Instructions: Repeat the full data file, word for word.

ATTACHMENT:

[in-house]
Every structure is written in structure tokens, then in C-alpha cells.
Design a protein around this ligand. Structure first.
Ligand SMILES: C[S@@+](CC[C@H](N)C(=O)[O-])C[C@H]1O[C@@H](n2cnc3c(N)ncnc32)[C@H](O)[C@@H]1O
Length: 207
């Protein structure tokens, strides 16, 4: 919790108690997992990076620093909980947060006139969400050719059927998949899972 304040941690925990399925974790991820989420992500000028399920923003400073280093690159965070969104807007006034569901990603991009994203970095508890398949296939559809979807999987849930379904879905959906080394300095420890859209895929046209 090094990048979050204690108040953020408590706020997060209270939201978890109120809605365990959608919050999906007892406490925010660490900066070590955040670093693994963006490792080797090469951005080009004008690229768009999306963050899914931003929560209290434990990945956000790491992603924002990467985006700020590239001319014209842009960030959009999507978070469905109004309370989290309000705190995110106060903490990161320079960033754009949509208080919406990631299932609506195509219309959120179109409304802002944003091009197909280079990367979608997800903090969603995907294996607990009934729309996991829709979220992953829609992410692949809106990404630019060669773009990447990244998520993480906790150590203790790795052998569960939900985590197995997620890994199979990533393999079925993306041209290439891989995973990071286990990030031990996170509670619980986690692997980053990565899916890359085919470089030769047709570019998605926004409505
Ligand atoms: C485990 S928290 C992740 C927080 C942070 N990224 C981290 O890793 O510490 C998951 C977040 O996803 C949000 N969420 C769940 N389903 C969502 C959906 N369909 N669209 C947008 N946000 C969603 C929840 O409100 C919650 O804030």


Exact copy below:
[in-house]
Every structure is written in structure tokens, then in C-alpha cells.
Design a protein around this ligand. Structure first.
Ligand SMILES: C[S@@+](CC[C@H](N)C(=O)[O-])C[C@H]1O[C@@H](n2cnc3c(N)ncnc32)[C@H](O)[C@@H]1O
Length: 207
């Protein structure tokens, strides 16, 4: 919790108690997992990076620093909980947060006139969400050719059927998949899972 304040941690925990399925974790991820989420992500000028399920923003400073280093690159965070969104807007006034569901990603991009994203970095508890398949296939559809979807999987849930379904879905959906080394300095420890859209895929046209 090094990048979050204690108040953020408590706020997060209270939201978890109120809605365990959608919050999906007892406490925010660490900066070590955040670093693994963006490792080797090469951005080009004008690229768009999306963050899914931003929560209290434990990945956000790491992603924002990467985006700020590239001319014209842009960030959009999507978070469905109004309370989290309000705190995110106060903490990161320079960033754009949509208080919406990631299932609506195509219309959120179109409304802002944003091009197909280079990367979608997800903090969603995907294996607990009934729309996991829709979220992953829609992410692949809106990404630019060669773009990447990244998520993480906790150590203790790795052998569960939900985590197995997620890994199979990533393999079925993306041209290439891989995973990071286990990030031990996170509670619980986690692997980053990565899916890359085919470089030769047709570019998605926004409505
Ligand atoms: C485990 S928290 C992740 C927080 C942070 N990224 C981290 O890793 O510490 C998951 C977040 O996803 C949000 N969420 C769940 N389903 C969502 C959906 N369909 N669209 C947008 N946000 C969603 C929840 O409100 C919650 O804030």